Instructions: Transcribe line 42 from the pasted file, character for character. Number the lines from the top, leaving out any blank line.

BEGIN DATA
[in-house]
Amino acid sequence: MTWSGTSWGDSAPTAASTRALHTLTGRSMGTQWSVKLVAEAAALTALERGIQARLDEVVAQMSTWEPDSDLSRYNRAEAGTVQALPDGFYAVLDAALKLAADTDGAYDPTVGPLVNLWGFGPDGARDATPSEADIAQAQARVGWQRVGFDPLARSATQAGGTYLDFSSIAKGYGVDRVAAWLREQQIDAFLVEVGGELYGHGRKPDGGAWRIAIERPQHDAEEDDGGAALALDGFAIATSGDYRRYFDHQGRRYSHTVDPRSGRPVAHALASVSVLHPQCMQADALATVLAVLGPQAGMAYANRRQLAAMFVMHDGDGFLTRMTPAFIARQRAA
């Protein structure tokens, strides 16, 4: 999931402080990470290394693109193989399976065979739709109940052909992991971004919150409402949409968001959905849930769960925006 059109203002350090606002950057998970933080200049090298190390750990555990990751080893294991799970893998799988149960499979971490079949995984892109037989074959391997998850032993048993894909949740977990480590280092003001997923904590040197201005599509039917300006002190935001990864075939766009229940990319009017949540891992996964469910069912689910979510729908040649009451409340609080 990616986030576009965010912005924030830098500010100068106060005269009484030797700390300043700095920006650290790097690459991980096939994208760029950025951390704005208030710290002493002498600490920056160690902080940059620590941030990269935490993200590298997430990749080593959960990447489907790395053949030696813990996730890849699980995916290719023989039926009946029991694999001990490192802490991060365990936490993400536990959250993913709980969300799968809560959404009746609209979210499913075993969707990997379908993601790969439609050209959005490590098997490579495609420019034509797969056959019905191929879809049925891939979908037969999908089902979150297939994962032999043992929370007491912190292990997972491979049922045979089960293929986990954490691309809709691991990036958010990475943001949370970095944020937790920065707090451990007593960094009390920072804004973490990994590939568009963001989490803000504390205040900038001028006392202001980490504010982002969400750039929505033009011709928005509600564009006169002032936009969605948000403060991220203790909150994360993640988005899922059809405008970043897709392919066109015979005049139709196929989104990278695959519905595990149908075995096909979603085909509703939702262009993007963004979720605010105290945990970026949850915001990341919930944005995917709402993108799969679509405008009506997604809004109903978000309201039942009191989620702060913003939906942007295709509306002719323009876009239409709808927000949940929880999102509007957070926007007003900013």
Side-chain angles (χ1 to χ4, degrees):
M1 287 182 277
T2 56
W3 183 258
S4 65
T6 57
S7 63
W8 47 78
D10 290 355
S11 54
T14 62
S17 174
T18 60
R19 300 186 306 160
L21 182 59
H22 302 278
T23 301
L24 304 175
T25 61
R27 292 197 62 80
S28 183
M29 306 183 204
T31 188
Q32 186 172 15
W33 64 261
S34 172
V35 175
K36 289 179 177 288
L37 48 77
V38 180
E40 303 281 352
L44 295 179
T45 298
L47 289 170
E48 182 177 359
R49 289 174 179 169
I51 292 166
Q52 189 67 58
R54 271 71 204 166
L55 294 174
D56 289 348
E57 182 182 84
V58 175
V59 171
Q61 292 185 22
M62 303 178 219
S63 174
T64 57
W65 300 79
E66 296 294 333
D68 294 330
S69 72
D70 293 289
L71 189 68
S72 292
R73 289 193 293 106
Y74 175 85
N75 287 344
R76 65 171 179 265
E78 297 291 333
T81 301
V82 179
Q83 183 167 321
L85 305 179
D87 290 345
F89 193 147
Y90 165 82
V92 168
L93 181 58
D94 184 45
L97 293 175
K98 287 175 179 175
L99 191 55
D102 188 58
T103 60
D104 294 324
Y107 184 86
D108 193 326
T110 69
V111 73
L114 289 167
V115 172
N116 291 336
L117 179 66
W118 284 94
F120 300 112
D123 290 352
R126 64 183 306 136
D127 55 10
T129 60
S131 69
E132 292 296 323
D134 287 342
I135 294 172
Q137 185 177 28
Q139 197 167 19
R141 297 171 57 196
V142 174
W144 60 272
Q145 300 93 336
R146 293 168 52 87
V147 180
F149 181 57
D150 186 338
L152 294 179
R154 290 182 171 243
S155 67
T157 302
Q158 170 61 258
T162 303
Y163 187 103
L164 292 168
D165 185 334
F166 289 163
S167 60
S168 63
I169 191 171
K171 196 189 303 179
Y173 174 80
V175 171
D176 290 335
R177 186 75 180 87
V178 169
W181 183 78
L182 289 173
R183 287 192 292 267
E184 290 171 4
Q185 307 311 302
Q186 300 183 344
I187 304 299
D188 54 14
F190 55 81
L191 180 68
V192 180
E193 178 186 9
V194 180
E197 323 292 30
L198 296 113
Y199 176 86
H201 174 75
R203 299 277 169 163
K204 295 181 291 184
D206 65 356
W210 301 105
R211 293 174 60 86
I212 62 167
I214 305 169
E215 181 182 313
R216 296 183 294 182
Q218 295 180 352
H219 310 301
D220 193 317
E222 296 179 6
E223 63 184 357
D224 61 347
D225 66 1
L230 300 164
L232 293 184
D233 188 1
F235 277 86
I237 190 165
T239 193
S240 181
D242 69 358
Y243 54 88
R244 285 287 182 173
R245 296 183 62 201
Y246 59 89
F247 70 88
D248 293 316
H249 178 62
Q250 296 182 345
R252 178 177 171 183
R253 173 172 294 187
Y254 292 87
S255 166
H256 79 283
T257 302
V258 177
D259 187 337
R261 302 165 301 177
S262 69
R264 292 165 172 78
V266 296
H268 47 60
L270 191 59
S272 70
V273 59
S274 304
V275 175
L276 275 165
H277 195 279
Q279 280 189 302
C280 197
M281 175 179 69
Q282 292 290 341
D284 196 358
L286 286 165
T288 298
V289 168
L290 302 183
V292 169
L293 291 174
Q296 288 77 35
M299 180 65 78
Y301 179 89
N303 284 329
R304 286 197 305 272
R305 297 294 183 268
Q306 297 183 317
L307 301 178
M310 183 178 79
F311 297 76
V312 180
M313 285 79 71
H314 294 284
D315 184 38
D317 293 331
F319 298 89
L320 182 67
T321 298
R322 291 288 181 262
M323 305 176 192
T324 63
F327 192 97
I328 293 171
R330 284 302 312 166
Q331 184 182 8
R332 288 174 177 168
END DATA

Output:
R54 271 71 204 166